We get a lot of questions about our engines. Why so small? Why not made in the US? Why air-cooled? Why carbureted?
OVER THE GREAT DESERTS TO THE ROCKY MOUNTAINS
On Tuesday, June 27th, I rolled out of my motel bed, fumbled into on my riding gear, and checked out with my helmet on and my pannier bags under my arm. 10 minutes later, I was settling into my second day of the ride with a gorgeous Nevada morning. This second day would take me into Utah, across the Bonneville Salt Flats, over the Wasatch mountain range, and into the rolling hills of Wyoming. I had been concerned that the second day would be worse than the first day, however, after fueling up and the initial discomfort of climbing back into a saddle in which I had just spent 16 hours wore off, the clear early morning air had me exhilarated and ready to settle into the 570 miles I needed to cover to reach our next rendezvous point in Laramie, Wyoming. Little did I know that I would not make it to the to Laramie that day, nor that I would end the day 200 miles short of the rest of the group as a result of a mechanical issue that was entirely my fault!
For the first hour of the morning, I descended roughly 1,000 feet down to the Salt Flats, winding down between slate gray mountains that rose abruptly from the flat, scrub covered valley floor. Just outside of Wendover, the highway crests a ridge as you enter Utah and you are given a magnificent view of the vast expanse that is the Bonneville Salt Flats. From here, the road stretches out in a straight unbroken line for 50 miles across the glaring white of this strange natural phenomenon. Although I almost immediately regretted it, I decided that in the interest of time after filling up in Wendover, to continue straight on rather than taking the North exit for a quick visit to the Bonneville Speedway. It is difficult to imagine the awe with which this vast natural desert, flat as a level and stretching 50 miles across and double that from North to South, must have inspired in early travelers. Even after hearing about the Salt Flats and watching record attempts on the screen, it is impossible to comprehend their immense scale and flatness with the intense bright light, all against the backdrop of spectacular distant mountains. The highway crosses the flats on a slightly elevated berm which must serve to protect it from the yearly flooding that inundates the flats and maintains its level surface. In recent years, record attempts at the Bonneville Salt Flats have been severely reduced or cancelled due to the dwindling size of the appropriate salt for speed attempts. The original course was almost 9 miles long, whereas the current salt only allows for a 2.5 mile track. I was glad of the usually irksome traffic that sped in both directions as it would have been a very lonely 50 miles across that vast expanse.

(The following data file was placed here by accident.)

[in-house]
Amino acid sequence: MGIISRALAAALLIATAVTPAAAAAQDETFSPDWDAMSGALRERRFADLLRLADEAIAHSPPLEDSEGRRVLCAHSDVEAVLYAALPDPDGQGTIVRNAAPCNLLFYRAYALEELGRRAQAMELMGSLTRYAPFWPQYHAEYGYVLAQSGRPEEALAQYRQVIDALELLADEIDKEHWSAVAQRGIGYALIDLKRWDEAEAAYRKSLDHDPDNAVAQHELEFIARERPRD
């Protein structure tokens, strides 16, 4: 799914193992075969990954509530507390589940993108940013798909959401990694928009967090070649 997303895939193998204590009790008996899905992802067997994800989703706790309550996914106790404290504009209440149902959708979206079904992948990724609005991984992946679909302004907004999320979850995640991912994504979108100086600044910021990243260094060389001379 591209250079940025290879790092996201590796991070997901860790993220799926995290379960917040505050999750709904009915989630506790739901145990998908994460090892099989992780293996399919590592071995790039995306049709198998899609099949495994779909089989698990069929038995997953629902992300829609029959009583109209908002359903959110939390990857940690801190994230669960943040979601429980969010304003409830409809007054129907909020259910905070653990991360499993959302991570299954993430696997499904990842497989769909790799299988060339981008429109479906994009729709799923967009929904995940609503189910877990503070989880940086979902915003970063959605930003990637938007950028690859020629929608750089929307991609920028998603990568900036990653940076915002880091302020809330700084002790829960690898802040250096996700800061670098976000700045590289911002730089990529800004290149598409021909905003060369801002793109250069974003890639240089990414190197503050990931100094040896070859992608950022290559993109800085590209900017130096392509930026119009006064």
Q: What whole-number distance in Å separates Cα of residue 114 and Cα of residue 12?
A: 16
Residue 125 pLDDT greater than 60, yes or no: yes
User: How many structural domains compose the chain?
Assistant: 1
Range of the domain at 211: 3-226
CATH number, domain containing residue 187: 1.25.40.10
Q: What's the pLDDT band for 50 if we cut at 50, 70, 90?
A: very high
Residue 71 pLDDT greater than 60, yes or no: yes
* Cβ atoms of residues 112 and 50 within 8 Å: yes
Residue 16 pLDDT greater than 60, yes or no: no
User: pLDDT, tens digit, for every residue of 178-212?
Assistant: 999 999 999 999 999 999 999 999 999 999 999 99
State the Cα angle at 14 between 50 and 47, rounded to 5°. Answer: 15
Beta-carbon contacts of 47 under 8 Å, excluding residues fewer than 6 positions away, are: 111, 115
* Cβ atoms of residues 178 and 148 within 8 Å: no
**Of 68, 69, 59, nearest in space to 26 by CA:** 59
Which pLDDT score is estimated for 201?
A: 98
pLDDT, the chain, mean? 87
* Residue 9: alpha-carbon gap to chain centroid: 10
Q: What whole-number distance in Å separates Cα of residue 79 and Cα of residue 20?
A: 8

As I neared the eastern side, a new range of mountains rose to meet me on the southern shore of the Great Salt Lake. Winding around Farnsworth Peak with the lake to my left, I entered the outskirts of that citadel of the Mormons, Salt Lake City. Again, I did not have time for tourism or to visit the Mormon headquarters or temple, but stopped at a convenient gas station to fill up and got back on the road as quickly as possible. Back in the saddle, and heading east on I80, the terrain of the valley immediately gave way to the steep ascent up and over the Wasatch mountain range. These mountains bore considerably more foliage than I had seen for the past day although there were almost no trees to be seen. After gradually climbing 2,000 feet to Summit Park, I began a slight descent into a series of arid, high altitude valleys with herds of cattle grazing on both sides of the highway. I refueled in Coalville and headed on towards the junction with I84 at Echo, Utah.